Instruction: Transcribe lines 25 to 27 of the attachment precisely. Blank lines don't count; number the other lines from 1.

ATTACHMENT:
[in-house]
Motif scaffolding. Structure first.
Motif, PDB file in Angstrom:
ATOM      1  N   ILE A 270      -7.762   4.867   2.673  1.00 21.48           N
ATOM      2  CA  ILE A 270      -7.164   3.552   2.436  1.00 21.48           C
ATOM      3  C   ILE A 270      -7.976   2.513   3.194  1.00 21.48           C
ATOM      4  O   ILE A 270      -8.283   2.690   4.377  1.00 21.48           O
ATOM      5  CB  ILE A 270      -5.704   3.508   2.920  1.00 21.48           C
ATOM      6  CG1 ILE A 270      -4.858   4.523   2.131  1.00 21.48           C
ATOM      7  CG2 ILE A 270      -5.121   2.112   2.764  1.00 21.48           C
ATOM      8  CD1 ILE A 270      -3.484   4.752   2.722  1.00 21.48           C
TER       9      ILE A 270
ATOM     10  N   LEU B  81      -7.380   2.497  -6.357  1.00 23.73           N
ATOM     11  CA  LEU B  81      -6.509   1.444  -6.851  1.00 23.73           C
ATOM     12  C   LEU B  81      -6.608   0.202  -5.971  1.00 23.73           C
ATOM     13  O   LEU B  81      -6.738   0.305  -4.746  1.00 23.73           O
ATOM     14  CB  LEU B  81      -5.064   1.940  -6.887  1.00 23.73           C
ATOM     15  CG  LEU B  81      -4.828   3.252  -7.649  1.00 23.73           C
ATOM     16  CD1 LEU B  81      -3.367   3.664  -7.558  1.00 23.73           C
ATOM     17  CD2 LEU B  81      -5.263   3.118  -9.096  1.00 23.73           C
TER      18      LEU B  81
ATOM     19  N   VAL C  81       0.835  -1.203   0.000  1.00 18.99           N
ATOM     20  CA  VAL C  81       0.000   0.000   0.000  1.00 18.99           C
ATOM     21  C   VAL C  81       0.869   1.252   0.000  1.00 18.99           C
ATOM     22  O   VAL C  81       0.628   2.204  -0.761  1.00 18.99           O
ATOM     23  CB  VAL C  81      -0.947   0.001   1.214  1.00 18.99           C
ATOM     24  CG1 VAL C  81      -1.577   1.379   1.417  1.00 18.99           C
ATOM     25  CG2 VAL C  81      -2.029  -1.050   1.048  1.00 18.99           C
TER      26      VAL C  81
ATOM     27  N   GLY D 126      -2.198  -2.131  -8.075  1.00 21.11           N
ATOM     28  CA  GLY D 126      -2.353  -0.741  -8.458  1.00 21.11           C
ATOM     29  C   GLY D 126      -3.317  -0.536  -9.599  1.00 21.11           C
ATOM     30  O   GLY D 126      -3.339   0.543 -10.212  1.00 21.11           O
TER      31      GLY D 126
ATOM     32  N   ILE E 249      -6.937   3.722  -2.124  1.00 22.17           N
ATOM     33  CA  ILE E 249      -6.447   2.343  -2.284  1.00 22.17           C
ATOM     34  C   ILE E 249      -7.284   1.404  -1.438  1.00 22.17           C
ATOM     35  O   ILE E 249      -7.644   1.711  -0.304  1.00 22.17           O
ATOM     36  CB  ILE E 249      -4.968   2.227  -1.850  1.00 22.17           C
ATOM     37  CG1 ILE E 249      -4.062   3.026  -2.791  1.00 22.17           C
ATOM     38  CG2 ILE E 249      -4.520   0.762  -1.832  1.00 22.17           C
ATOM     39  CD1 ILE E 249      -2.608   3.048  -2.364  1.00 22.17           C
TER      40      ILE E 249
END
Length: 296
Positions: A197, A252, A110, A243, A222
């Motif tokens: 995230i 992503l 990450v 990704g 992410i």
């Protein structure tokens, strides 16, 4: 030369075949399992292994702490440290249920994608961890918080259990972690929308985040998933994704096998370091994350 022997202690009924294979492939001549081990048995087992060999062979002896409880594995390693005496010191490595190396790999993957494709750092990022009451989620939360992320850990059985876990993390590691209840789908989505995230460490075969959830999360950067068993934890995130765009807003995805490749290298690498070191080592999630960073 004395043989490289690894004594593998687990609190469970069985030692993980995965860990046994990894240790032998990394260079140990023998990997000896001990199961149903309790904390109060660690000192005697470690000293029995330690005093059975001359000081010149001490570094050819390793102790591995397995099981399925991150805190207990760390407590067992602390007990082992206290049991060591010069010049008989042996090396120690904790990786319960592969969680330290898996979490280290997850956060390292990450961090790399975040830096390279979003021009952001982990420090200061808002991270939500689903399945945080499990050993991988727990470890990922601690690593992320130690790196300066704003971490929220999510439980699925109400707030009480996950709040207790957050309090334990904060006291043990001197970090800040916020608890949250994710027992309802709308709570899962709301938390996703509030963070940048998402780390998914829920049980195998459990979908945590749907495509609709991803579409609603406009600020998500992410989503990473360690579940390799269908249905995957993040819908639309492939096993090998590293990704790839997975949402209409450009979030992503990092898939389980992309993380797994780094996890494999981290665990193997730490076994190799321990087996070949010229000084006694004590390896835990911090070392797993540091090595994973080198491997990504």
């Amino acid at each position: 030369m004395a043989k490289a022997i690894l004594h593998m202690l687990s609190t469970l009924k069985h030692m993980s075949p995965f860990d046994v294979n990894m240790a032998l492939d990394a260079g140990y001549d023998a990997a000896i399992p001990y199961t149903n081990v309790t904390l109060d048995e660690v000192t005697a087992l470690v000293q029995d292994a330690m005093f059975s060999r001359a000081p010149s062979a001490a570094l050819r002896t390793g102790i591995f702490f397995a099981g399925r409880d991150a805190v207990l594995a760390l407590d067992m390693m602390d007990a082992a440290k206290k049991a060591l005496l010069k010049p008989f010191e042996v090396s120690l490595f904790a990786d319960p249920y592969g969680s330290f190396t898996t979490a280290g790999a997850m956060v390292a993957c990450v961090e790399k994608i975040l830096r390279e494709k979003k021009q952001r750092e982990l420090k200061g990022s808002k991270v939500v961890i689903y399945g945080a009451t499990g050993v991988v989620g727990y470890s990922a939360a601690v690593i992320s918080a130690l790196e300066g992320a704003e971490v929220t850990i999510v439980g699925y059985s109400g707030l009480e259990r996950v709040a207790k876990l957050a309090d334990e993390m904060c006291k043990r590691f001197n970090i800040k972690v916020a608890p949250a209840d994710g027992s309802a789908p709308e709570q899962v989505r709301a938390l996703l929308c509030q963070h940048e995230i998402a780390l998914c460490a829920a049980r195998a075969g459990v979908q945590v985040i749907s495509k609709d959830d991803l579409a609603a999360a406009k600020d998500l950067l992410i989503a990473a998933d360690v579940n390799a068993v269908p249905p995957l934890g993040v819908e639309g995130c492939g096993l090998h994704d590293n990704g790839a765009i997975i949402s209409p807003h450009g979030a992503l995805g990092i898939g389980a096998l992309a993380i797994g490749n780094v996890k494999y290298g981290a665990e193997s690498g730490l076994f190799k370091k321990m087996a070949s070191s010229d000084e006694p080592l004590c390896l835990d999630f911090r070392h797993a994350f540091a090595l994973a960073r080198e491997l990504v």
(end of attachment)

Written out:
ATOM     22  O   VAL C  81       0.628   2.204  -0.761  1.00 18.99           O
ATOM     23  CB  VAL C  81      -0.947   0.001   1.214  1.00 18.99           C
ATOM     24  CG1 VAL C  81      -1.577   1.379   1.417  1.00 18.99           C